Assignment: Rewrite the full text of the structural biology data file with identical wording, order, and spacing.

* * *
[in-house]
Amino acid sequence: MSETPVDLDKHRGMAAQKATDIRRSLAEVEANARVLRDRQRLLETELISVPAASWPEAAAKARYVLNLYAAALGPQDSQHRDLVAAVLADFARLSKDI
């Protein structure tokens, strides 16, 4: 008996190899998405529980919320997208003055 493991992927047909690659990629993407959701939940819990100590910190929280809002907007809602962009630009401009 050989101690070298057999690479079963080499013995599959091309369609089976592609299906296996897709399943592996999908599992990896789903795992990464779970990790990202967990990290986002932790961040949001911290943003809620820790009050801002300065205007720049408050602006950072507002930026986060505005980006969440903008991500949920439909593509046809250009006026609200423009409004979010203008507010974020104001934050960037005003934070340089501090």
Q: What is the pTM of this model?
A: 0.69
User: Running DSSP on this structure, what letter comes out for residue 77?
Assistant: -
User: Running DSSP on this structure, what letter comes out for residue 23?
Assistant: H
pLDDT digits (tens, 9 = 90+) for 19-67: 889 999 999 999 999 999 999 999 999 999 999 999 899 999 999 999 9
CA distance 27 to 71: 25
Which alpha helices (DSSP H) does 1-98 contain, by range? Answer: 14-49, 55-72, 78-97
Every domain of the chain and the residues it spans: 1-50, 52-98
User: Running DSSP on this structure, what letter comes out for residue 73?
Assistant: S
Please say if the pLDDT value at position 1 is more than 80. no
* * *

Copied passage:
[in-house]
Amino acid sequence: MSETPVDLDKHRGMAAQKATDIRRSLAEVEANARVLRDRQRLLETELISVPAASWPEAAAKARYVLNLYAAALGPQDSQHRDLVAAVLADFARLSKDI
């Protein structure tokens, strides 16, 4: 008996190899998405529980919320997208003055 493991992927047909690659990629993407959701939940819990100590910190929280809002907007809602962009630009401009 050989101690070298057999690479079963080499013995599959091309369609089976592609299906296996897709399943592996999908599992990896789903795992990464779970990790990202967990990290986002932790961040949001911290943003809620820790009050801002300065205007720049408050602006950072507002930026986060505005980006969440903008991500949920439909593509046809250009006026609200423009409004979010203008507010974020104001934050960037005003934070340089501090």
Q: What is the pTM of this model?
A: 0.69
User: Running DSSP on this structure, what letter comes out for residue 77?
Assistant: -
User: Running DSSP on this structure, what letter comes out for residue 23?
Assistant: H
pLDDT digits (tens, 9 = 90+) for 19-67: 889 999 999 999 999 999 999 999 999 999 999 999 899 999 999 999 9
CA distance 27 to 71: 25
Which alpha helices (DSSP H) does 1-98 contain, by range? Answer: 14-49, 55-72, 78-97
Every domain of the chain and the residues it spans: 1-50, 52-98
User: Running DSSP on this structure, what letter comes out for residue 73?
Assistant: S
Please say if the pLDDT value at position 1 is more than 80. no